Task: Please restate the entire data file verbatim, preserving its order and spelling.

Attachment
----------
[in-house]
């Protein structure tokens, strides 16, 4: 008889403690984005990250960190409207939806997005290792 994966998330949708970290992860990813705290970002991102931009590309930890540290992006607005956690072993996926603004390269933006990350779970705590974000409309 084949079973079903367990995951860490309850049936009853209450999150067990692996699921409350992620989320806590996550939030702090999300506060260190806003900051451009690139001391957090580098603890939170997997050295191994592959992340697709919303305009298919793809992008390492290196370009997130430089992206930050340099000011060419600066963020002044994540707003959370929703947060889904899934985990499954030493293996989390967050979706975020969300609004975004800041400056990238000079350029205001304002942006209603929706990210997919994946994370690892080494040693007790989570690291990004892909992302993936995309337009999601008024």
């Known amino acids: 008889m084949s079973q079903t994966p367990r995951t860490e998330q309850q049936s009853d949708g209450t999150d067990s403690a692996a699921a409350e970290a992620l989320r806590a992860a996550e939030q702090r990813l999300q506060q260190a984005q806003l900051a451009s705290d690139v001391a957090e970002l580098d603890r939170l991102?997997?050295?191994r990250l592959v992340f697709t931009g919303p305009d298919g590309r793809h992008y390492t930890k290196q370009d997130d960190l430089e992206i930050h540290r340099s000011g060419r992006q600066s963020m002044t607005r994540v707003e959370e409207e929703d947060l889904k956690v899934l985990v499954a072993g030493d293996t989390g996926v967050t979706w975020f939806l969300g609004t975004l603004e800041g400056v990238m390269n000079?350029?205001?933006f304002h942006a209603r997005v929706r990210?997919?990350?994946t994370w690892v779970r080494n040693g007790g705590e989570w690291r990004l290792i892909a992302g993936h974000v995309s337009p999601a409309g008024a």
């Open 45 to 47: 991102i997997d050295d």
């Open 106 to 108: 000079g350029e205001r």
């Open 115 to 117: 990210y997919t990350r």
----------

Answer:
[in-house]
């Protein structure tokens, strides 16, 4: 008889403690984005990250960190409207939806997005290792 994966998330949708970290992860990813705290970002991102931009590309930890540290992006607005956690072993996926603004390269933006990350779970705590974000409309 084949079973079903367990995951860490309850049936009853209450999150067990692996699921409350992620989320806590996550939030702090999300506060260190806003900051451009690139001391957090580098603890939170997997050295191994592959992340697709919303305009298919793809992008390492290196370009997130430089992206930050340099000011060419600066963020002044994540707003959370929703947060889904899934985990499954030493293996989390967050979706975020969300609004975004800041400056990238000079350029205001304002942006209603929706990210997919994946994370690892080494040693007790989570690291990004892909992302993936995309337009999601008024």
């Known amino acids: 008889m084949s079973q079903t994966p367990r995951t860490e998330q309850q049936s009853d949708g209450t999150d067990s403690a692996a699921a409350e970290a992620l989320r806590a992860a996550e939030q702090r990813l999300q506060q260190a984005q806003l900051a451009s705290d690139v001391a957090e970002l580098d603890r939170l991102?997997?050295?191994r990250l592959v992340f697709t931009g919303p305009d298919g590309r793809h992008y390492t930890k290196q370009d997130d960190l430089e992206i930050h540290r340099s000011g060419r992006q600066s963020m002044t607005r994540v707003e959370e409207e929703d947060l889904k956690v899934l985990v499954a072993g030493d293996t989390g996926v967050t979706w975020f939806l969300g609004t975004l603004e800041g400056v990238m390269n000079?350029?205001?933006f304002h942006a209603r997005v929706r990210?997919?990350?994946t994370w690892v779970r080494n040693g007790g705590e989570w690291r990004l290792i892909a992302g993936h974000v995309s337009p999601a409309g008024a």
């Open 45 to 47: 991102i997997d050295d």
């Open 106 to 108: 000079g350029e205001r």
């Open 115 to 117: 990210y997919t990350r």